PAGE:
MIT Experience

What you could get out of the MIT SCM Master

Opening our emails, the offer from the SCMb program jumped out and shone in our eyes! After rubbing our eyes, we realized: yes — it is not a dream!
Written by Fiona Cheng & Alison Zhang

Opening our emails, the offer from the SCMb program jumped out and shone in our eyes! After rubbing our eyes, we realized: yes — it is not a dream! Along with packing and saying “See you soon”  to friends, preparing for coursework selection is significant homework. We wanted to experience as much as we could in the 5-month-long program. In this blog, we want to help you by reflecting on how we selected our courses, and then share some of the courses that we are taking this semester.

How We Selected Our Courses

We knew each other before coming here through a Telegram group* . Talking to each other, we reflected a lot:

What are our purposes for coming to the MIT SCMb program? We all come here for the academic excellence, diverse and amazing classmates, and alumni network. But everyone could have a different background and roadmap for their endeavor at MIT. Reflecting on our purposes and being ready for the coming “firehose” maximized the selection of coursework beforehand.

Fiona: I was working at a startup company in international trade before coming here, and I will continue this journey upon my graduation. Ay coursework focused on the strategies and processes to set up an innovative company as a result:

  • SCM. 268 Data Science and SCM. 255 Machine Learning for Supply Chain Management because the future of business, especially business related to supply chain management, will be data-driven.
  • 15. 618 Entrepreneurship, Innovation, Startups and the Law introduces different law-sensitive issues for creating an innovative-intensive venture
  • 15.390 New Enterprises introduces a systematic and disciplined processes to hypothesis, verify and improve a new venture so that it can attract paying customers and grow naturally.

Allison: My interest lies in logistics and how to improve logistics performance with technologies such as  digitization, AI, and robotics. Although I had plenty hands-on training in my job, I still wished to have more systematic and structural training in transportation.  SCM. 293 Urban Last Mile Logistics and SCM. 266 Freight Transportation are at the top of my list, offering full coverage of theories and methodologies in transportation.  Regarding automation and AI, I take SCM. 268 Data Science and SCM. 255 Machine Learning for Supply Chain Management.  It’s such a vast area that I decided to grow more leaves by attending the lectures, forums and conferences.

Suggestions on the process of selecting your courses at MIT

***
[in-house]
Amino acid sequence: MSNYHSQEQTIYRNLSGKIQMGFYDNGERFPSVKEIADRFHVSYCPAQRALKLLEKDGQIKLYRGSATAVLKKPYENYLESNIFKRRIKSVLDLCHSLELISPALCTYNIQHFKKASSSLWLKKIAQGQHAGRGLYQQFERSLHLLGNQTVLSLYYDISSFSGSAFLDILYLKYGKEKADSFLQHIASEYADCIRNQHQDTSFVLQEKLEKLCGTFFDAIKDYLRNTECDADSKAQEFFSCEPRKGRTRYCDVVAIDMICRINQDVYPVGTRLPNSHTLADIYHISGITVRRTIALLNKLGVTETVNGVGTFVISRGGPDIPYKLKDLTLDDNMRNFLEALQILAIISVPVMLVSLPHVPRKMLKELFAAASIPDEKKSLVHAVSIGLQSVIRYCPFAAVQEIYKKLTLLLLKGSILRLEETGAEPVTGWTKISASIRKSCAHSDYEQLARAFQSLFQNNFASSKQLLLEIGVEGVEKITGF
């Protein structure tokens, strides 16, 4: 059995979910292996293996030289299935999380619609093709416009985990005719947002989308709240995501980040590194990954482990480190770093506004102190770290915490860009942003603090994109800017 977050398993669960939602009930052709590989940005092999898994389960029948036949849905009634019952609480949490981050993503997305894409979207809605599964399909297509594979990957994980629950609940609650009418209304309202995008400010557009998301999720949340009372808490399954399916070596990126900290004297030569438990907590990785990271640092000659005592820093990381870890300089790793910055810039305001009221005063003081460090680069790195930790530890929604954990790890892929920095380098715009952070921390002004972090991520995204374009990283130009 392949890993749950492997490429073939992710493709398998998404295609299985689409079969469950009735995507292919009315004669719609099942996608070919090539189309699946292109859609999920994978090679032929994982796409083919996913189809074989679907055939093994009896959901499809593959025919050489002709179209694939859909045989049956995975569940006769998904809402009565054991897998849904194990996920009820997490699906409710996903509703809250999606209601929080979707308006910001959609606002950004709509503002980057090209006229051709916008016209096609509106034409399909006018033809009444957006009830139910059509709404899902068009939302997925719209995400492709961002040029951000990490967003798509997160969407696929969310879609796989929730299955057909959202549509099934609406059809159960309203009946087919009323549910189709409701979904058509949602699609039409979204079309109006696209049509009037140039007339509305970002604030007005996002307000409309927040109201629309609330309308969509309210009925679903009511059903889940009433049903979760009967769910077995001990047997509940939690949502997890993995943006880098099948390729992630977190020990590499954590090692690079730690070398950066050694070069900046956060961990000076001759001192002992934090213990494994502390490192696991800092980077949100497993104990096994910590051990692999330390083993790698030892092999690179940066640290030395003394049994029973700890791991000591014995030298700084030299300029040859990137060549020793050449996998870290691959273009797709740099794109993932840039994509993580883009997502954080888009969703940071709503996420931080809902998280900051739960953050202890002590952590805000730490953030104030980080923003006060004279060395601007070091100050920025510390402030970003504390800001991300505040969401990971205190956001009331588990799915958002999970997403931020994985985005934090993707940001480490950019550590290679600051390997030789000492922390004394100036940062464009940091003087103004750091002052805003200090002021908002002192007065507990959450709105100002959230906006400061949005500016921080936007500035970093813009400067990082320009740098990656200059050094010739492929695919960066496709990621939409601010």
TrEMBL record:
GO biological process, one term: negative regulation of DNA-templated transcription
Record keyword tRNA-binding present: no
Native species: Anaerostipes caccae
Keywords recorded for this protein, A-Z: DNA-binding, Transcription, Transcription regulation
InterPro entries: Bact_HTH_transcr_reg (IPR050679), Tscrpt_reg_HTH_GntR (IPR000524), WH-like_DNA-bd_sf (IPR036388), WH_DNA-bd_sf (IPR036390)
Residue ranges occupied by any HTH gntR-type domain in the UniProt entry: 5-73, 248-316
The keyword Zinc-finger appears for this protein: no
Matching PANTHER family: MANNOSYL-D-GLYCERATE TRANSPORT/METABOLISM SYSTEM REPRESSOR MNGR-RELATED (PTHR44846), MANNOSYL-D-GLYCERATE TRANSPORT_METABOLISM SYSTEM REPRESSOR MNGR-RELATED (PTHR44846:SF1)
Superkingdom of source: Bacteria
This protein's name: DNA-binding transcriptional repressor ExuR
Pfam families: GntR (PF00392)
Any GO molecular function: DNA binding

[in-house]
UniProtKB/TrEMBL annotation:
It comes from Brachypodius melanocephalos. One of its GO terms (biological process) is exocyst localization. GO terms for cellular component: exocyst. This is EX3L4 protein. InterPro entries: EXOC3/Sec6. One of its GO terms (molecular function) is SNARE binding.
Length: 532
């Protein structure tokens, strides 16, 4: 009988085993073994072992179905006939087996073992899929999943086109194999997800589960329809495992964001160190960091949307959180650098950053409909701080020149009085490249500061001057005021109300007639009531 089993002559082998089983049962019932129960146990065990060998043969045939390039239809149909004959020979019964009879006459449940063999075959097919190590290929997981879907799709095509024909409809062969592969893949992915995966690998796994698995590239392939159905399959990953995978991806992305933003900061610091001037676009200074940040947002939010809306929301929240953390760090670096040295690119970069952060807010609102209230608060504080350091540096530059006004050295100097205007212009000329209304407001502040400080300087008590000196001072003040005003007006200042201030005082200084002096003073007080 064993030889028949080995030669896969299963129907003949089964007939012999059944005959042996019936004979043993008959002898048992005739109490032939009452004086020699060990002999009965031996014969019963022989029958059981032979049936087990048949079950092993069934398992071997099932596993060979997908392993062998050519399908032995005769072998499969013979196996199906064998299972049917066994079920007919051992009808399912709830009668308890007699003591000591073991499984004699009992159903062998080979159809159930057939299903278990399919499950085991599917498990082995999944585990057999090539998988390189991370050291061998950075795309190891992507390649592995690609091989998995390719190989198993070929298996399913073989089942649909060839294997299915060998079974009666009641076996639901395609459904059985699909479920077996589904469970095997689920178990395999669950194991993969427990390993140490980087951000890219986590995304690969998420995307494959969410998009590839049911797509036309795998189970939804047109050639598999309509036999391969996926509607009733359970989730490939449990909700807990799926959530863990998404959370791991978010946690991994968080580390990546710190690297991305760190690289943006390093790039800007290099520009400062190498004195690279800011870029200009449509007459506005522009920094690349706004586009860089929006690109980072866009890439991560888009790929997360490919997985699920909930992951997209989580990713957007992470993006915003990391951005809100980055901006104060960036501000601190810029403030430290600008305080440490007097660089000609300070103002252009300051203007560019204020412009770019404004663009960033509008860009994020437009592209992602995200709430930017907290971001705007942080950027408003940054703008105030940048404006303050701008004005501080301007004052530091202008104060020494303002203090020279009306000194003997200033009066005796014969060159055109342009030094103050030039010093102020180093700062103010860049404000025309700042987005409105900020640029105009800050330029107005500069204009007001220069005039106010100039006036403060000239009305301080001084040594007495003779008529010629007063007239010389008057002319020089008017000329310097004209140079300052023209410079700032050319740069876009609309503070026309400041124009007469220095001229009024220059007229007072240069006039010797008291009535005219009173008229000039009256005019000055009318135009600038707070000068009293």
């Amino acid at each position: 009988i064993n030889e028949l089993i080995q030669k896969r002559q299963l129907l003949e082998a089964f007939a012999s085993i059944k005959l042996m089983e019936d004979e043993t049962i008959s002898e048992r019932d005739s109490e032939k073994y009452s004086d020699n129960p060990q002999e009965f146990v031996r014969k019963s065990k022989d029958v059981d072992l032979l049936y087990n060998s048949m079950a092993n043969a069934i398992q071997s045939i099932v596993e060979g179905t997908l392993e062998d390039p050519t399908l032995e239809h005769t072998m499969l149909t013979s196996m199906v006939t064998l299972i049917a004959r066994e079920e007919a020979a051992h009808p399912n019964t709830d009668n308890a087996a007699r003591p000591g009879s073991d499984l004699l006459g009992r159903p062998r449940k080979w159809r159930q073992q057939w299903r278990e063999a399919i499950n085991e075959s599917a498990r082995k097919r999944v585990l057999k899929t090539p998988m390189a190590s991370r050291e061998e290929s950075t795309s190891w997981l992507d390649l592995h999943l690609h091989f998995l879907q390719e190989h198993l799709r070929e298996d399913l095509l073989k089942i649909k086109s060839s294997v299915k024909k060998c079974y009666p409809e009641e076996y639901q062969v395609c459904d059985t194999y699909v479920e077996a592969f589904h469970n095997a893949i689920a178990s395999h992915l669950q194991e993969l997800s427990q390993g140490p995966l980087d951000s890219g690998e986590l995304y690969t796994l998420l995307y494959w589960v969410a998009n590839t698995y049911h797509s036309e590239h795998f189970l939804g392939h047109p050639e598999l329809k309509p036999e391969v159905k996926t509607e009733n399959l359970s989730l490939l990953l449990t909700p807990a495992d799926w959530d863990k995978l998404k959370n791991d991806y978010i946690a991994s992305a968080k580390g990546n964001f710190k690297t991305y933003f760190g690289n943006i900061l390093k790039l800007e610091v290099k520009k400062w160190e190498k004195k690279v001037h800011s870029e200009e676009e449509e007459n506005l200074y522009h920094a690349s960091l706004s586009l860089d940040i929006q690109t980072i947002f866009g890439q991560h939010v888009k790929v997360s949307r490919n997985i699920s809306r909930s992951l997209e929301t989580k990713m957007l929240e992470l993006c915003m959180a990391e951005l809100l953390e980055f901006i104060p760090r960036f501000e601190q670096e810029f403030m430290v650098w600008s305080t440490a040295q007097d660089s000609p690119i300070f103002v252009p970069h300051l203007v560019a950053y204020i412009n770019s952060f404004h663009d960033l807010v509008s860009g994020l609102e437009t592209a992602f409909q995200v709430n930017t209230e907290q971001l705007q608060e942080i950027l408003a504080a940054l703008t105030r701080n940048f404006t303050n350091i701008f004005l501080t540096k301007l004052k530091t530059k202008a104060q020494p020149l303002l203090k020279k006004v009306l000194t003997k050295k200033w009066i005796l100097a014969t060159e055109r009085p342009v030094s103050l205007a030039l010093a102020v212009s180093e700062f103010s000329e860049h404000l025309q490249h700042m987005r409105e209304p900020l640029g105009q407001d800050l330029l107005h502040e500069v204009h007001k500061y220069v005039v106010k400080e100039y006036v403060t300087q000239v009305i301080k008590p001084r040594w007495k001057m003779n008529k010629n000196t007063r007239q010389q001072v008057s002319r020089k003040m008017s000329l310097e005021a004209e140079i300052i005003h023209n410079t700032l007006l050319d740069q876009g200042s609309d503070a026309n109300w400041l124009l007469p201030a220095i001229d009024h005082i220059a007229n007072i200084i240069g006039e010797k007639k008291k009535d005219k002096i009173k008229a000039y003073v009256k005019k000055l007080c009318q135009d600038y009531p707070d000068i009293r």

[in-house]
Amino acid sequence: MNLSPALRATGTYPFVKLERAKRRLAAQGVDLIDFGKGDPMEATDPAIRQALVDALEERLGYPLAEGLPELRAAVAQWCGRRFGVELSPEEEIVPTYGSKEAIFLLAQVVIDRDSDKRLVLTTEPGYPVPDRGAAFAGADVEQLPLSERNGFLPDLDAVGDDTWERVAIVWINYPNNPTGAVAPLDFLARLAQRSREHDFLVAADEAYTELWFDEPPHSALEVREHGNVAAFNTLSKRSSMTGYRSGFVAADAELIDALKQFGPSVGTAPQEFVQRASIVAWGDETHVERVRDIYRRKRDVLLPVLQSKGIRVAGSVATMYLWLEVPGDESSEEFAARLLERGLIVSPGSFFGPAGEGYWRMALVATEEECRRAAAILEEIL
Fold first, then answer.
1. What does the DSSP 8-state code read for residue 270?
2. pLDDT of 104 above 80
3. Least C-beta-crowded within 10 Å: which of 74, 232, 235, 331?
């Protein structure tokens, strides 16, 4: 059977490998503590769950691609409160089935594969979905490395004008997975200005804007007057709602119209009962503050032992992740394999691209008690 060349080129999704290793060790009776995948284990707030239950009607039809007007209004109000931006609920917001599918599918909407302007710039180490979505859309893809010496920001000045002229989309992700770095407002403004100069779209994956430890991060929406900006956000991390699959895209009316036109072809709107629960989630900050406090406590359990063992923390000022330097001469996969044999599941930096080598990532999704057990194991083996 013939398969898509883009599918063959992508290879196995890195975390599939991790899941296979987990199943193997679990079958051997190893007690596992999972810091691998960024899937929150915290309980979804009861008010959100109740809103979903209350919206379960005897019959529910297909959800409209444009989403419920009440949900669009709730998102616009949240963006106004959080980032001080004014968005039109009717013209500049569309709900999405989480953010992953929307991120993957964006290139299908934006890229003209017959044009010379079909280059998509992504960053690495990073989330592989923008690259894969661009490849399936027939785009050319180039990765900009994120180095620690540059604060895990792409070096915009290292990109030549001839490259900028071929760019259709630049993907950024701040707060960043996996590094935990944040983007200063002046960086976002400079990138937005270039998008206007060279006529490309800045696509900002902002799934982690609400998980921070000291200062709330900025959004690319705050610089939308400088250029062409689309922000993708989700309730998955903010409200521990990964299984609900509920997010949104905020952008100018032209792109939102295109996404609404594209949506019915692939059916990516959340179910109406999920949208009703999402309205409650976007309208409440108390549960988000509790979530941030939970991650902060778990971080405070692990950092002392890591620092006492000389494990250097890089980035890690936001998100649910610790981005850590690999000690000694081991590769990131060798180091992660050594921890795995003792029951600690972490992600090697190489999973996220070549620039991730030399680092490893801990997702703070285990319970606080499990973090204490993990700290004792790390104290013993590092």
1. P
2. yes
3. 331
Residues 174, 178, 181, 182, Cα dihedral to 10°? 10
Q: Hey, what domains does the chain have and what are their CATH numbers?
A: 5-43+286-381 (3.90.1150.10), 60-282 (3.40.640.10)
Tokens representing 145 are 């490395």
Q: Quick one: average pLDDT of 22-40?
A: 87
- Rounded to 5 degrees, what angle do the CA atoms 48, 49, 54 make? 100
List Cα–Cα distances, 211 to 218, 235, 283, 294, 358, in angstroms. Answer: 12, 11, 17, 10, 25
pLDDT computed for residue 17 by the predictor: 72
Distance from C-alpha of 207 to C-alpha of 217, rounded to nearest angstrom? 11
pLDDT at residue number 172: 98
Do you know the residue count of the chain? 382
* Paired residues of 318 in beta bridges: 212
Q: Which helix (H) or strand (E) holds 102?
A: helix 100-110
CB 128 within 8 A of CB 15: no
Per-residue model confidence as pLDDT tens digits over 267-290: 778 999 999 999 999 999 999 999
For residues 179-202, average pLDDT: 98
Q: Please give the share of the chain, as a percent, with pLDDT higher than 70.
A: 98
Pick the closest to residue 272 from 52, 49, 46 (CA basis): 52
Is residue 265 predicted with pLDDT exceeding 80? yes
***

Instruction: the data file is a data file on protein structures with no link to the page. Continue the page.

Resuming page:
Sleep, Study, Social — choose two out of three! Your energy is precious, so make sure you make the best use of it here at MIT! Here are our suggestions on course selections.

Be intentional: MIT offers different attractive and exciting courses related to supply chain management, but you will burn out if you try to take them all. Focus on your purpose and be mindful. Think twice about what you want before choosing classes. 

Here is a detailed framework of how to choose courses. Imagine you are building your knowledge and skills tree: your core competence is the trunk of the tree,  and other relevant knowledge and information are the leaves.  Let’s think this way: your long-term goal is your purpose. If we identify certain core knowledge and skills to achieve our purpose, that is the trunk that we want to build in our MIT journey. You could select them as your classes to fill in the gaps. What about the add-on knowledge? They will be the complementary knowledge or skills that could expand the trunk in the long term.

Figure: Building Your Skillset Tree with MIT SCM Classes

Plan your workload. After you grab the pieces that you want to learn, you need to check the section times to make sure that there will not be schedule conflicts. Be careful about the workload:  MIT study is not a walk in the park. For some courses that are the leaves on your knowledge and skills tree, consider adding them as a listener if you are worried about the workload for your trunk.

Last but not least, MIT has minimum credit requirements and the SCM program has both minimum credit requirements and elective requirements for graduation. Double check that you meet these requirements.

Figure: Process for Selecting the MIT SCM Courses

Here are some introductions to other classes:

  • SCM 291 Case Studies in Supply Chain Management  focuses on how to use supply chain management as a strategic tool for an organization. Students learn how to align managerial decisions with company strategy to create innovative supply chain solutions. 
  • 15.762 Supply Chain Planning introduces concepts and models to plan inventory replenishment, risk pooling and inventory placement, integrated planning and collaboration, and information sharing.
  • 15.871 Introduction to System Dynamics  changes the way you think about problems. This subject teaches you to link your actions towards consequences and provides a more wholistic view on problem solving.
  • 15.320 Strategic Organizational Design studies how to analyze and improve a company’s current organization, and  introduces a framework to design increasingly cheaper and faster communication flow regarding materials, information and finance

Still struggling with what to choose? Here is the final tip: go shopping!  At MIT, you’re allowed to make your add/drop decision no later than the second Friday after the class begins. Attend the first one or two classes in which the lecturers will give students a general introduction to the class and explain their expectations.  In our observation, busy shoppers dashing from classroom to classroom generally will settle down and happily attend their classes of choice in the first week.

Explore the sea of knowledge at MIT with your aspirations!